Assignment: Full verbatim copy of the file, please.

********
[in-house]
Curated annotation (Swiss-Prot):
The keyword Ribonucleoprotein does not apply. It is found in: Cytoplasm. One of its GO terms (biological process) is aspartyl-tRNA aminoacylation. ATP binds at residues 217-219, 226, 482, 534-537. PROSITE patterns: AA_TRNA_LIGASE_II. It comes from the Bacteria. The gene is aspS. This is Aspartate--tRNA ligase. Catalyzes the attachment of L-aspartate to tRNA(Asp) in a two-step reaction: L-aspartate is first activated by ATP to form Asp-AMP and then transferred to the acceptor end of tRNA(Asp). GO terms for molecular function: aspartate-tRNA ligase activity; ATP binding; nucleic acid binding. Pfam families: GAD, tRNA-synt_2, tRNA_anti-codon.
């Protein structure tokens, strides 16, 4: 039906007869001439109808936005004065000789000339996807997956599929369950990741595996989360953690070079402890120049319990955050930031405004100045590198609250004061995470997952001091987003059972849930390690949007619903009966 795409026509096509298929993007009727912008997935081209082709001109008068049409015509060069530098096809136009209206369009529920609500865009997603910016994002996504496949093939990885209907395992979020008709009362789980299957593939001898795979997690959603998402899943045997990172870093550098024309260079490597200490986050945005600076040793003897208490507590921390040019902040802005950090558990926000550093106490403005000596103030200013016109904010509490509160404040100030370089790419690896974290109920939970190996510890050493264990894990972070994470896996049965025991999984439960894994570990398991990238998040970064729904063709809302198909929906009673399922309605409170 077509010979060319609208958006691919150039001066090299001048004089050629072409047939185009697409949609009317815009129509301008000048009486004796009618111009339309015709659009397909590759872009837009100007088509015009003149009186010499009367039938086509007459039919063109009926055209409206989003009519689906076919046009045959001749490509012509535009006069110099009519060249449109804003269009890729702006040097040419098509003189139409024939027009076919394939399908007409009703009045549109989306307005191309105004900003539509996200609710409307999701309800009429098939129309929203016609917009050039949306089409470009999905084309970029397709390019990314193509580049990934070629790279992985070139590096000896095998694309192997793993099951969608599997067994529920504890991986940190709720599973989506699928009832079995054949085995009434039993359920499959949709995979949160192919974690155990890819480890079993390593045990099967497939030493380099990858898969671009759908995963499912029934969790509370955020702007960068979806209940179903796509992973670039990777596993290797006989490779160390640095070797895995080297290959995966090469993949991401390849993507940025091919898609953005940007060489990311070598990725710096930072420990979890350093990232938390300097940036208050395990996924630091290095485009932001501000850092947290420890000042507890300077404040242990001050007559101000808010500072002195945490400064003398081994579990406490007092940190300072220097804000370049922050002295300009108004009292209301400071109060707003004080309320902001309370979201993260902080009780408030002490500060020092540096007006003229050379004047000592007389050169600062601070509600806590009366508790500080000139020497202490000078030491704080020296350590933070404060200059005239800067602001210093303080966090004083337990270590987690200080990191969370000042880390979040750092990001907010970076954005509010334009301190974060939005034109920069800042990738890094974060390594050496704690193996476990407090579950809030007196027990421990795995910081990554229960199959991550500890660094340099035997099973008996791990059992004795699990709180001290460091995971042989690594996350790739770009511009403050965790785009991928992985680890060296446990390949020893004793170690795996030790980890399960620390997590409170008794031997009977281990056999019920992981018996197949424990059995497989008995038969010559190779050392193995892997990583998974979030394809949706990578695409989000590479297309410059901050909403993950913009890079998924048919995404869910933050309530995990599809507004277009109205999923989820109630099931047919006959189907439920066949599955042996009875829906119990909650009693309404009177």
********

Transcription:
[in-house]
Curated annotation (Swiss-Prot):
The keyword Ribonucleoprotein does not apply. It is found in: Cytoplasm. One of its GO terms (biological process) is aspartyl-tRNA aminoacylation. ATP binds at residues 217-219, 226, 482, 534-537. PROSITE patterns: AA_TRNA_LIGASE_II. It comes from the Bacteria. The gene is aspS. This is Aspartate--tRNA ligase. Catalyzes the attachment of L-aspartate to tRNA(Asp) in a two-step reaction: L-aspartate is first activated by ATP to form Asp-AMP and then transferred to the acceptor end of tRNA(Asp). GO terms for molecular function: aspartate-tRNA ligase activity; ATP binding; nucleic acid binding. Pfam families: GAD, tRNA-synt_2, tRNA_anti-codon.
């Protein structure tokens, strides 16, 4: 039906007869001439109808936005004065000789000339996807997956599929369950990741595996989360953690070079402890120049319990955050930031405004100045590198609250004061995470997952001091987003059972849930390690949007619903009966 795409026509096509298929993007009727912008997935081209082709001109008068049409015509060069530098096809136009209206369009529920609500865009997603910016994002996504496949093939990885209907395992979020008709009362789980299957593939001898795979997690959603998402899943045997990172870093550098024309260079490597200490986050945005600076040793003897208490507590921390040019902040802005950090558990926000550093106490403005000596103030200013016109904010509490509160404040100030370089790419690896974290109920939970190996510890050493264990894990972070994470896996049965025991999984439960894994570990398991990238998040970064729904063709809302198909929906009673399922309605409170 077509010979060319609208958006691919150039001066090299001048004089050629072409047939185009697409949609009317815009129509301008000048009486004796009618111009339309015709659009397909590759872009837009100007088509015009003149009186010499009367039938086509007459039919063109009926055209409206989003009519689906076919046009045959001749490509012509535009006069110099009519060249449109804003269009890729702006040097040419098509003189139409024939027009076919394939399908007409009703009045549109989306307005191309105004900003539509996200609710409307999701309800009429098939129309929203016609917009050039949306089409470009999905084309970029397709390019990314193509580049990934070629790279992985070139590096000896095998694309192997793993099951969608599997067994529920504890991986940190709720599973989506699928009832079995054949085995009434039993359920499959949709995979949160192919974690155990890819480890079993390593045990099967497939030493380099990858898969671009759908995963499912029934969790509370955020702007960068979806209940179903796509992973670039990777596993290797006989490779160390640095070797895995080297290959995966090469993949991401390849993507940025091919898609953005940007060489990311070598990725710096930072420990979890350093990232938390300097940036208050395990996924630091290095485009932001501000850092947290420890000042507890300077404040242990001050007559101000808010500072002195945490400064003398081994579990406490007092940190300072220097804000370049922050002295300009108004009292209301400071109060707003004080309320902001309370979201993260902080009780408030002490500060020092540096007006003229050379004047000592007389050169600062601070509600806590009366508790500080000139020497202490000078030491704080020296350590933070404060200059005239800067602001210093303080966090004083337990270590987690200080990191969370000042880390979040750092990001907010970076954005509010334009301190974060939005034109920069800042990738890094974060390594050496704690193996476990407090579950809030007196027990421990795995910081990554229960199959991550500890660094340099035997099973008996791990059992004795699990709180001290460091995971042989690594996350790739770009511009403050965790785009991928992985680890060296446990390949020893004793170690795996030790980890399960620390997590409170008794031997009977281990056999019920992981018996197949424990059995497989008995038969010559190779050392193995892997990583998974979030394809949706990578695409989000590479297309410059901050909403993950913009890079998924048919995404869910933050309530995990599809507004277009109205999923989820109630099931047919006959189907439920066949599955042996009875829906119990909650009693309404009177």